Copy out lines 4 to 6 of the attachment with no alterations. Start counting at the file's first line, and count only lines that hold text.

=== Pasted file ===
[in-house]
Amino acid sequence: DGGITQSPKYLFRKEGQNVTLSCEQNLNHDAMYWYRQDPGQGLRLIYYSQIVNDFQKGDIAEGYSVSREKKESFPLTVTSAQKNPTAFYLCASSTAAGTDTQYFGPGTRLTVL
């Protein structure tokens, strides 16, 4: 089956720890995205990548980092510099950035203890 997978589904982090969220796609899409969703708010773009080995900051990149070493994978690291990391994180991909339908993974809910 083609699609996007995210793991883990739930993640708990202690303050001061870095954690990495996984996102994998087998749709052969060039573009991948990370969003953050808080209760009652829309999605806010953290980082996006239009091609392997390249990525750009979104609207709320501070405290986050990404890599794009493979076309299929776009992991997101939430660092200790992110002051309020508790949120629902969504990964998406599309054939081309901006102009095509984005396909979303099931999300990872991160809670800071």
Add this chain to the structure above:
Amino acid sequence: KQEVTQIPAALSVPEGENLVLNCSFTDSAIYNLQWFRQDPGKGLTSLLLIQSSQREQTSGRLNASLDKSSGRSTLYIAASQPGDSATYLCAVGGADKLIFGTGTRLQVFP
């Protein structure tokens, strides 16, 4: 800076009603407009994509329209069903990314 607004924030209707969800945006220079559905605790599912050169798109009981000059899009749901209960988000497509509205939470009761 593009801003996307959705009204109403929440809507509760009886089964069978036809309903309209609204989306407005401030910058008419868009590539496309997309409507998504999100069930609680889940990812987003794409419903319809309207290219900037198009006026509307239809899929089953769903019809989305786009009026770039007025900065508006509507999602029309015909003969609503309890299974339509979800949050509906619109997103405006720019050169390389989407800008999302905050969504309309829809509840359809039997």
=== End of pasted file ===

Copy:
Add this chain to the structure above:
Amino acid sequence: KQEVTQIPAALSVPEGENLVLNCSFTDSAIYNLQWFRQDPGKGLTSLLLIQSSQREQTSGRLNASLDKSSGRSTLYIAASQPGDSATYLCAVGGADKLIFGTGTRLQVFP
């Protein structure tokens, strides 16, 4: 800076009603407009994509329209069903990314 607004924030209707969800945006220079559905605790599912050169798109009981000059899009749901209960988000497509509205939470009761 593009801003996307959705009204109403929440809507509760009886089964069978036809309903309209609204989306407005401030910058008419868009590539496309997309409507998504999100069930609680889940990812987003794409419903319809309207290219900037198009006026509307239809899929089953769903019809989305786009009026770039007025900065508006509507999602029309015909003969609503309890299974339509979800949050509906619109997103405006720019050169390389989407800008999302905050969504309309829809509840359809039997």